[1] I do not wish to overstate my case here. Not all soldiers struggle with this issue, and the struggles of soldiers returning from combat extend far beyond the realm of Eucharistic Theology or Anthropology. But These concerns have been expressed by more than one soldier that I have met, and what is more distressing, the concerns have been expressed by soldiers who have otherwise returned to life ‘back home’ with relatively few issues.  So we should neither exaggerate nor ignore the possibility that the teachings and beliefs we choose to emphasize in our parishes might present difficulties for certain cross-sections of the population, in certain circumstances – like this one.

[2] Dr Stephen Muse and the Rev Dr Philip LeMasters have both addressed these subjects in recent years, and provide a well-informed and authentically “Orthodox” viewpoint.

[3] Even when addressed, it is usually qualified and dismissed. How often I have heard justification of all the violence in Caanan as “it was a different time back then.” Curious that nobody says that about the Decalogue with any seriousness.

[4] I am so drawn to the image of the father running out and greeting the prodigal son on his return, clothing him, giving him the signet ring, and throwing a feast in his honor. (Lk 15:20-23) My hesitancy to cite it outright is that the prodigal’s prior behavior should in no manner be compared to the honorable duty undertaken by a soldier. So can one capture the snapshot of the father’s embrace and successfully detach it from a memory of the son’s sins?  If this is too difficult a task, perhaps Esau’s embrace of his brother Jacob is more appropriate. See Gen 33:4.

The Memory of War

December 15, 2013

The Memory of War

Fr James Parnell

sunriseWar changes you. The best and worst aspects of the human condition are present as the report of bullets ring in your ear, as the war machines rage. In many ways, it is a sacred space. I never saw a more beautiful sunrise or sunset, than when I was in Iraq and knew that it might be my last. In other ways, war is far from sacred: it is toxic. The things you see and hear don’t just turn the stomach, but can poison the soul. So, it’s probably no surprise that it’s a hard place from which to come home. Well, it actually only takes a few hours on a plane, but the difficulty isn’t really the travel time. It’s trying to come home from war and feel at peace.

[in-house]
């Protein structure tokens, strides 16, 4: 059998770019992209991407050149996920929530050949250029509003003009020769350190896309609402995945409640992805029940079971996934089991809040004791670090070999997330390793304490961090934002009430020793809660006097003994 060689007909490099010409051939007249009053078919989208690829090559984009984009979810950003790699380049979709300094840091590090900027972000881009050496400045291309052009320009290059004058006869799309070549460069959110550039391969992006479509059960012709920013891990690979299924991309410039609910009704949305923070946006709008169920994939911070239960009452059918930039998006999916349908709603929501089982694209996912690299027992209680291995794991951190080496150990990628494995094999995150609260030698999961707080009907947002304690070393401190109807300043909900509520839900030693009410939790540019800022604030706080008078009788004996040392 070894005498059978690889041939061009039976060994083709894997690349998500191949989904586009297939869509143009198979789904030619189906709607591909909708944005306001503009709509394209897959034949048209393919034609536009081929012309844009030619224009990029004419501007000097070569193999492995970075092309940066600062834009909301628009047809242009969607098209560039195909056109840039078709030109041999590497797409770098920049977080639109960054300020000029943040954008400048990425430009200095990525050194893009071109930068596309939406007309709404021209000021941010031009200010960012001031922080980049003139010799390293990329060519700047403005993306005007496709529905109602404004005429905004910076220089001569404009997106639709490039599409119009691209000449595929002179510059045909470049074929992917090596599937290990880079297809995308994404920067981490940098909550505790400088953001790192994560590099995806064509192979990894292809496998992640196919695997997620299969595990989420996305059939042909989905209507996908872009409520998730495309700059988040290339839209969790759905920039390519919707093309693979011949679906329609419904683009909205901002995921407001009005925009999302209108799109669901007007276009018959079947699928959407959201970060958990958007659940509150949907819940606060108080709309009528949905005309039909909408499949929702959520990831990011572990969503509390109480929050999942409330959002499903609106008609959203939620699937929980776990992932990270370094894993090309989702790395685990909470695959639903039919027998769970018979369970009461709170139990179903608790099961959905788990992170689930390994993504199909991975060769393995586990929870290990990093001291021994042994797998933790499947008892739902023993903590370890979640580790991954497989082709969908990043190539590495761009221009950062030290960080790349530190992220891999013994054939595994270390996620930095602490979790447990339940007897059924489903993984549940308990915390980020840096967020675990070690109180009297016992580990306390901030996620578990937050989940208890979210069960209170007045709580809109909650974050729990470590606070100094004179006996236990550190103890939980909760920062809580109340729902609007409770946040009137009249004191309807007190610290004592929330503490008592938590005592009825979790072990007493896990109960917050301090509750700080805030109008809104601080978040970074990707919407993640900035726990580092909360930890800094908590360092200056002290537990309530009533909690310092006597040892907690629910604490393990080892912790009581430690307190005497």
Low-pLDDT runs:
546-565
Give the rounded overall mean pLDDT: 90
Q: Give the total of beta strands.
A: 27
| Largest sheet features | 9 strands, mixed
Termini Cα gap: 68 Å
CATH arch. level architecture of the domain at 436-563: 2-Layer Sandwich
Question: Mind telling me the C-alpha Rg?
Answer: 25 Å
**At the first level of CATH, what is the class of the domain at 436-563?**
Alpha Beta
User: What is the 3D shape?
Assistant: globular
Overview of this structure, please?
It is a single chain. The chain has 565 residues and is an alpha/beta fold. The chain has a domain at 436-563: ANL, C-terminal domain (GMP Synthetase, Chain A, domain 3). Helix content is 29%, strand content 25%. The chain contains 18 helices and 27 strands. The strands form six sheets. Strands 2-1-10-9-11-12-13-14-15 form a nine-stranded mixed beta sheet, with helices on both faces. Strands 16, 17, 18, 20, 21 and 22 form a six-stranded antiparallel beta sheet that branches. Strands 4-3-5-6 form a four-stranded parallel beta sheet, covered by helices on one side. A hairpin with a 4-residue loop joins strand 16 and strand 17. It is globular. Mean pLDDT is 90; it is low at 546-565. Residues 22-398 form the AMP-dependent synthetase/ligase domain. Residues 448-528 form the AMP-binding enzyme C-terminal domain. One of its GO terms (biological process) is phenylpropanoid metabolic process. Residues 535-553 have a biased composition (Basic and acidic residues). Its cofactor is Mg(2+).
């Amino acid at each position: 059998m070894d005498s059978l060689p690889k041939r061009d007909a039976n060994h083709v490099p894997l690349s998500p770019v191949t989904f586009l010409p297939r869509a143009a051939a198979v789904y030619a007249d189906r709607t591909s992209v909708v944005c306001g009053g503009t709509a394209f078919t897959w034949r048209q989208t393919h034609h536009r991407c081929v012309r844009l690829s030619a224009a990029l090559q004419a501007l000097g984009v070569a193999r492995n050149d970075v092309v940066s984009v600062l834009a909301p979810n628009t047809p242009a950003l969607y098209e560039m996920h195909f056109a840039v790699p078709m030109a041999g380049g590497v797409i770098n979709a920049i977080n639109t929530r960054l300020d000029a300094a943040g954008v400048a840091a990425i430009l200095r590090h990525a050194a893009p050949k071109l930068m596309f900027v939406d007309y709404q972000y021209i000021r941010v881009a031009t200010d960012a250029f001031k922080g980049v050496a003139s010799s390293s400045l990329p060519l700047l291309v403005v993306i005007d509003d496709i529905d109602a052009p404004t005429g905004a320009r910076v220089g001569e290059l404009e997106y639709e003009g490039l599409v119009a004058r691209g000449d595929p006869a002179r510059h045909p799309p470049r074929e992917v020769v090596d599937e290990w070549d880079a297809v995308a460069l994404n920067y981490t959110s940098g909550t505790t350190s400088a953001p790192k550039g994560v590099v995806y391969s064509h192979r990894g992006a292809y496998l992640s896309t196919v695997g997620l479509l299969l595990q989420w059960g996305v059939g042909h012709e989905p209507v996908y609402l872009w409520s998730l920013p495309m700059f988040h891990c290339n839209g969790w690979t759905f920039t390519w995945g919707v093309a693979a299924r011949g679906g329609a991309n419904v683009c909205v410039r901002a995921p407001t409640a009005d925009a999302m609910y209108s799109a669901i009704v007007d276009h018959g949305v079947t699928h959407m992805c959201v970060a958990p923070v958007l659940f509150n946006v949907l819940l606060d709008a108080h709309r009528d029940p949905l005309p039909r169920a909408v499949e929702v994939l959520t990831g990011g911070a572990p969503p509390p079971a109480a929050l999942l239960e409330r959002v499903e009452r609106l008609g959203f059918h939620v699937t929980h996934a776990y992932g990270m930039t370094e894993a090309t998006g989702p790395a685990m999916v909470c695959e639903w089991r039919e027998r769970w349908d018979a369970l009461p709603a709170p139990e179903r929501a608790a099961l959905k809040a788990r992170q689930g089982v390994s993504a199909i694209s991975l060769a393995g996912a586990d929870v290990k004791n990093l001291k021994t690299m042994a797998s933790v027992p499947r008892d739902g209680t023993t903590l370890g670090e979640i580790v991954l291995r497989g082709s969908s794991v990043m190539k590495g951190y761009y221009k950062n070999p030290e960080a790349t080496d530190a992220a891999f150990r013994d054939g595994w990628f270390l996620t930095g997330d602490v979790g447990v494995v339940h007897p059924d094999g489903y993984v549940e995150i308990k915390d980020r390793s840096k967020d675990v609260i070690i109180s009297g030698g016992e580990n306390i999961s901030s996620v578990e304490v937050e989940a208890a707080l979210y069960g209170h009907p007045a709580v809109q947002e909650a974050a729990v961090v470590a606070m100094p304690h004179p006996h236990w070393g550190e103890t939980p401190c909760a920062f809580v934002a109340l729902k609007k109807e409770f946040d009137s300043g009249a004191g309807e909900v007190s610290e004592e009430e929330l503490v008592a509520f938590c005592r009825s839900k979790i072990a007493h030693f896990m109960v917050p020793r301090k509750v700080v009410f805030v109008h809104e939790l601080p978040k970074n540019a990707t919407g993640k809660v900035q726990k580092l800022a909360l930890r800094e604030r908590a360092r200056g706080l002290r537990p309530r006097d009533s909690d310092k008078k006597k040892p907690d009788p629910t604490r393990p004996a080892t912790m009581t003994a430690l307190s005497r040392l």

It is hard to explain, but it is something like having a song you can never get out of your head for very long, or still smelling feces long after thoroughly cleaning animal droppings from your shoe, or like an oily feeling on your hands that you just cannot wash off. Now take that feeling or sensation in your mind, which normally might last a few minutes, and think about how both annoying and intriguing it is, about how distracting such a feeling might be. Now make it last for years on end, and you’ll have a sense of what coming home from war can feel like. The smells are never fully cleared from the nostrils; the blood and the dirt never quite wash off; the sounds never quite go away.

image-soldier-prayingIn many ways, there is a certain psychological and spiritual residue: a ringing in the ears of your soul that may increase or decrease in volume at times, but which is never totally silent. For good and for ill, the constant rhythm—the beating of the war drum—remains in our ears long after the banners have stopped flip-flapping, the plane has landed, and the weapons locked away. That faint hum of war is always there, like a sleeping dragon. And, oh, the racket it causes, in our minds, in our families, and in our communities. Yet, that drumbeat continues, in a positive sense, through storytelling. Sharing stories, either with trusted friends or with other vets, in a way helps turn the roaring boom, boom, boom into a melody on which one can reflect, a lesson from which one can learn.